One of the dogs with pheochromocytoma presented a marked increase in SAP, MAP and DAP at the first measurement after labetalol infusion started (T1), then the parameters gradually decreased over time; in other two an initial decrease was noticed, then the pressure increased (T2) before decreasing again. A paradoxical hypertensive effect of labetalol has been reported in patients with pheochromocytoma. It has been suggested that the weak α-blockade may trigger a paradoxical increase of vascular resistance following β-blockade [47, 48]. For this reason, despite many successful reports of its use in this setting, the use of labetalol as a sole agent may not be the best option in treating intraoperative hypertension associated with pheochromocytoma in humans [49]. It remains to be established whether administration of long acting α-adrenoceptor blockers before surgery, commonly used to prepare dogs to pheochromocytoma removal, may reduce the risk of this event.

Acepromazine was administered in 10 (50%) patients at variable dose between 5 and 16 mcg/kg; in 5 dogs it was administered as first line treatment to control hypertension, in 4 dogs during labetalol infusion, and 1 dog received it in premedication. Interestingly this drug did not appear to have a significant effect on ABP control strategy. Acepromazine decreases blood pressure blocking vascular α-adrenergic receptors, with consequent vasodilation and decrease in systemic vascular resistance, making it unpopular for the management of unstable patients or those at increased anaesthetic risk [50]. Acepromazine in premedication impacts the vasopressor response of dogs to isoflurane, making them more likely to become hypotensive during anaesthesia, and it may interfere with treatments aimed at restoring normotension [51]. Despite this important side effects, it was never effective in controlling hypertension in our cases. The block of α1 receptor alone is probably not potent enough to control the effect of catecholamine release in these cases, or a higher dose may be needed to achieve the desired effect.

The main limitation of this study is its retrospective nature. Intra and postoperative pharmacological managements were not standardized, although type and dose of anaesthetic and vasoactive agents were similar between cases, and this may have influenced the response of the patients to labetalol. Labetalol dose was not standardized; therefore, it is not possible to characterise a dose-effect relationship, yet we have provided a dosing range that may be helpful when treating hypertension. The blood pressure value at which labetalol was started was also decided by the attending anaesthetist and is possible that response to treatment may also depend on severity of hypertension; higher values may take longer to improve, and the 60 min timeframe considered can be insufficient for a satisfactory drug effect. Patients in this study received a number of medications potentially affecting ABP, such as acepromazine, dexmedetomidine, steroids and mannitol, and it is possible that different results may have been obtained with the use of labetalol alone. On the other hand, the fact that labetalol effect was consistent and predictable across such a variety of conditions and concurrent medications, both in awake and anaesthetized dogs is remarkable and highly indicative of the titrability and efficacy of this drug in dogs. A prospective study is however warranted to further confirm our preliminary results.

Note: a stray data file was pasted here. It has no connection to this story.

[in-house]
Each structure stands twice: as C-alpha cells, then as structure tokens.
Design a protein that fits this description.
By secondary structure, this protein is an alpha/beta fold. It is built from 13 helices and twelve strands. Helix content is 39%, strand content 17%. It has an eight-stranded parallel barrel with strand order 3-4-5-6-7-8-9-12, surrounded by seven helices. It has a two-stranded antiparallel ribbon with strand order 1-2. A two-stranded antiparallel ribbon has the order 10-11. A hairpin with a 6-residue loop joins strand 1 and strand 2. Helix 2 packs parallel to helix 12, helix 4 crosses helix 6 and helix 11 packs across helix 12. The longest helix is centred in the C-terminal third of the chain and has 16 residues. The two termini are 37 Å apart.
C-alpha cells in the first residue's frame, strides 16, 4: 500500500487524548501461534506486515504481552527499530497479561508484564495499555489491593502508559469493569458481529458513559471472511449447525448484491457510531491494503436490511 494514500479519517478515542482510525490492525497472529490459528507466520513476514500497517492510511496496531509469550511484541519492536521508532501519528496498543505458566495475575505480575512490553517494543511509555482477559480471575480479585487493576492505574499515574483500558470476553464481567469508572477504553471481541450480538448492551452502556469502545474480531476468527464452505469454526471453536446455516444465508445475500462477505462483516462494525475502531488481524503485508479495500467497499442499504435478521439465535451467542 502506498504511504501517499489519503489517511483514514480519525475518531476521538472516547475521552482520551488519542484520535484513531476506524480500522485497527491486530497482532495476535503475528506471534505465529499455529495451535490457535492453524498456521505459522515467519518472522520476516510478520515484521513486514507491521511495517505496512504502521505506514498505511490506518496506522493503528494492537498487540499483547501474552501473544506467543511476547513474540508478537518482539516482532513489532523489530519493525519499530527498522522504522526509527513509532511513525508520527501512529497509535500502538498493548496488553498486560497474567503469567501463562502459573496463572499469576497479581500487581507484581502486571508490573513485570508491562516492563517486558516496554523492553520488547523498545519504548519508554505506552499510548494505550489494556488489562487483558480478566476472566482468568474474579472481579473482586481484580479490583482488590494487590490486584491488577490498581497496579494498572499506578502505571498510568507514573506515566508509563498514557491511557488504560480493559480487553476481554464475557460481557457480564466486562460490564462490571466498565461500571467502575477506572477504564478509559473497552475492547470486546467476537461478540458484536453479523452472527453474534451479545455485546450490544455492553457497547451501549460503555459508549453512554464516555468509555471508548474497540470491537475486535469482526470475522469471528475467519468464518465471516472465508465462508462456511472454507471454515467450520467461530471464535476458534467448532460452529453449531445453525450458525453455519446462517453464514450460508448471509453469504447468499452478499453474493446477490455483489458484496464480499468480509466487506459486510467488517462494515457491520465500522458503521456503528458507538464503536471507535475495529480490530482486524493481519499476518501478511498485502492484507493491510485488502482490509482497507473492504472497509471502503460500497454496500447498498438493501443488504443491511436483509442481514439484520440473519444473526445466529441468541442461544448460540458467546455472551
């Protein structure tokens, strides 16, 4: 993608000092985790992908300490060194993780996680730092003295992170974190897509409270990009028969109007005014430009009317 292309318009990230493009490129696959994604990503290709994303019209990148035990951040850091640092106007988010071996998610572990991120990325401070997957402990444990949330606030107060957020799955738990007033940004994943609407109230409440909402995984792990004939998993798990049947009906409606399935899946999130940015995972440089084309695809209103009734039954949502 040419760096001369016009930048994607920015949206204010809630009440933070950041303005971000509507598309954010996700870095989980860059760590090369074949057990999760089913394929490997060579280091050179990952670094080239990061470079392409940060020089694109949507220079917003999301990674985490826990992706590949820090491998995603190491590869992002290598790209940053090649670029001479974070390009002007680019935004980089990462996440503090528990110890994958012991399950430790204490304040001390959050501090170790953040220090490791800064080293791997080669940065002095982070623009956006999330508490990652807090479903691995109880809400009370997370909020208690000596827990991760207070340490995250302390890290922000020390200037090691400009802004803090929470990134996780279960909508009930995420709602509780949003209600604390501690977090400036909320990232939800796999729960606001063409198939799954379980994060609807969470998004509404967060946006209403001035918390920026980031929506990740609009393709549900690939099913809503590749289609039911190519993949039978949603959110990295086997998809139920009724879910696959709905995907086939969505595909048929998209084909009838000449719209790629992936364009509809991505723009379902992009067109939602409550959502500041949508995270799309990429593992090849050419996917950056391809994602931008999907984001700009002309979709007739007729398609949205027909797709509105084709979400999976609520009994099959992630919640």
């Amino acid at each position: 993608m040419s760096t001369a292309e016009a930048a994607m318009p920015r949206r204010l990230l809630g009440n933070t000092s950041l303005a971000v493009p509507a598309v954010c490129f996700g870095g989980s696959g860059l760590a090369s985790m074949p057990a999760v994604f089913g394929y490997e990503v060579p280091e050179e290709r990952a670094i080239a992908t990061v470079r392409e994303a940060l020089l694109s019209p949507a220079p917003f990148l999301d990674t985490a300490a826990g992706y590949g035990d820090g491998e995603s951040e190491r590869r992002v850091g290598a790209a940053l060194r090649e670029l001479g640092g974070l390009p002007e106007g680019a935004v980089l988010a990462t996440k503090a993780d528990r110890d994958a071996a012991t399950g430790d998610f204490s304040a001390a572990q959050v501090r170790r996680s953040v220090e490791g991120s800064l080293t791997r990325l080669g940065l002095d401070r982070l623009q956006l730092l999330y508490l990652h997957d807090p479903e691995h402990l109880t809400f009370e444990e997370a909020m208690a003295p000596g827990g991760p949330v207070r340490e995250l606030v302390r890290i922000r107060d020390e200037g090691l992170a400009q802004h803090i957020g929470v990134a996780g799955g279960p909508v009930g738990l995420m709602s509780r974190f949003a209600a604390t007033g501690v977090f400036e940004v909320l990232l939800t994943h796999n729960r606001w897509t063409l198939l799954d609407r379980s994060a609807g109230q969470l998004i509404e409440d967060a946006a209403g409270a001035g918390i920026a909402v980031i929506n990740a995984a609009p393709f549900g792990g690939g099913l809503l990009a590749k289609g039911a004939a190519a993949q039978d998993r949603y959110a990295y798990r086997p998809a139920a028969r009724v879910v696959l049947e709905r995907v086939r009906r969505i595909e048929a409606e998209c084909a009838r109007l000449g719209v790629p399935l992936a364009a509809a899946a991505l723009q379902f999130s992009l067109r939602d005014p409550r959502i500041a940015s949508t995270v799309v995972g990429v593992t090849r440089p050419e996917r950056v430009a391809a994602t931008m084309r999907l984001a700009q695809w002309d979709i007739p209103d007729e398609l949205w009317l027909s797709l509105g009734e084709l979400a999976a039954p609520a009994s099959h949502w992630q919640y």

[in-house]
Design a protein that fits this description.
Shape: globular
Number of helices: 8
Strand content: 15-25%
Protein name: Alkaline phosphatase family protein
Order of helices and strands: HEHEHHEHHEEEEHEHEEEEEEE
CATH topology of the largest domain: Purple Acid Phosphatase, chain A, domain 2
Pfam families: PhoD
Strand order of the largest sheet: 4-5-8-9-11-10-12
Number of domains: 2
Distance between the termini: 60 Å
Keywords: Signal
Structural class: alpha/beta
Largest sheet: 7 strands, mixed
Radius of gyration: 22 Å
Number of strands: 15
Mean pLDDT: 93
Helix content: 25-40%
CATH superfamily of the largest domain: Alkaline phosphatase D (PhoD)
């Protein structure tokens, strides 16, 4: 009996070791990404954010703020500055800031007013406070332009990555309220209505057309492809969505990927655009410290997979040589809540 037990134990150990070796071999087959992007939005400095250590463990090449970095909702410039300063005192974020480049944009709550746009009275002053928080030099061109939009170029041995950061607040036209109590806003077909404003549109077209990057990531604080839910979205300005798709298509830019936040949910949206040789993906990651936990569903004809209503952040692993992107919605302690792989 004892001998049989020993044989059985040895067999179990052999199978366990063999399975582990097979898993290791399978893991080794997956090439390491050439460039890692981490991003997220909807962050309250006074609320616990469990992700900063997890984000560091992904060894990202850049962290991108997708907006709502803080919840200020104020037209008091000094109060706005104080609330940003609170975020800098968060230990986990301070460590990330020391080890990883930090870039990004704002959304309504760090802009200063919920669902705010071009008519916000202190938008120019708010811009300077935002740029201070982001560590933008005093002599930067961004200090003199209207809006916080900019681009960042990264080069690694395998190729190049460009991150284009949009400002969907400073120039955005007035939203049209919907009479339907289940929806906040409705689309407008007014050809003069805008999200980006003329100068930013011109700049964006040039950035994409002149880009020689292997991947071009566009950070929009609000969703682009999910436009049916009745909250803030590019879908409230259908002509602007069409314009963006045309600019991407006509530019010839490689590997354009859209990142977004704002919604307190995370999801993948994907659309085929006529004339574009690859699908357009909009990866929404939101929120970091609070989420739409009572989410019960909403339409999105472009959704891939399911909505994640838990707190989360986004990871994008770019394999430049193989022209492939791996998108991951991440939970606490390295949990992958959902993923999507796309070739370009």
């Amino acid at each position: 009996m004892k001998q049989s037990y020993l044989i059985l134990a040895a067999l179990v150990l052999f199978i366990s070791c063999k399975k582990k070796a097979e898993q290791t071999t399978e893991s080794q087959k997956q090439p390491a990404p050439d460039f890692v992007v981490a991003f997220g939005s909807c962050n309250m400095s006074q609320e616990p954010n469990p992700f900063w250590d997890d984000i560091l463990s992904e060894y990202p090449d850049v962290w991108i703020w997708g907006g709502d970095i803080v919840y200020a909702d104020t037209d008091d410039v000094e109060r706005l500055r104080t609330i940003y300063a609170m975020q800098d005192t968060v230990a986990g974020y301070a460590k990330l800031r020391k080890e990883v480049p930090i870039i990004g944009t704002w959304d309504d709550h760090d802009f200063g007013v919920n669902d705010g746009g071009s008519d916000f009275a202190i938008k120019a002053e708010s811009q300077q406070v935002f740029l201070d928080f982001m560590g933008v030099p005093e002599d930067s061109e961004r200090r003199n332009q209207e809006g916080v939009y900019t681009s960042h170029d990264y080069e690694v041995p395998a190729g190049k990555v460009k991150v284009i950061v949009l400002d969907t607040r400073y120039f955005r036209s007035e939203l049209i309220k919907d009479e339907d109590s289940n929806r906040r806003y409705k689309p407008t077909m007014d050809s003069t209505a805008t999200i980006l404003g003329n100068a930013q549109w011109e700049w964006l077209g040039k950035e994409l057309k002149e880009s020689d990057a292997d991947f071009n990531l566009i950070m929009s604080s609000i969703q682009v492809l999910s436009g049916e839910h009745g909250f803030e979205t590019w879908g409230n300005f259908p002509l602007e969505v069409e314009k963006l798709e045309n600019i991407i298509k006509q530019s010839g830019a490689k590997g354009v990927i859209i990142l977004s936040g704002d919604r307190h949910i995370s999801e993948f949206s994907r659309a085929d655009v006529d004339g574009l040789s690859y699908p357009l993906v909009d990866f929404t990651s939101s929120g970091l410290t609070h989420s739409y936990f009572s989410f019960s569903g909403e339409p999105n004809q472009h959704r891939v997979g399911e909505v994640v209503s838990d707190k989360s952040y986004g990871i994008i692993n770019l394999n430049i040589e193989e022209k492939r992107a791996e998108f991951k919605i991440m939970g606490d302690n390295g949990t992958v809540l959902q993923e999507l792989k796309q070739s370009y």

Labetalol was effective in decreasing ABP in dogs experiencing acute intra or postoperative hypertension. Furthermore, prospective studies are needed to better elucidate the potential role of labetalol in the treatment of hypertension.



Arterial blood pressure


Systolic arterial pressure


Mean arterial pressure


Diastolic arterial pressure


Heart rate


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FZ: data collection, writing of the manuscript; FC: study design, statistical analysis of data, electronic art design, critical revision of the manuscript; CDG: critical revision of the manuscript. All authors approved the final manuscript for publication

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Correspondence to Francesco Zublena.

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Zublena, F., De Gennaro, C. & Corletto, F. Retrospective evaluation of labetalol as antihypertensive agent in dogs. BMC Vet Res 16, 256 (2020).

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  • Labetalol
  • Arterial blood pressure
  • Dog
  • Craniotomy
  • Pheochromocytoma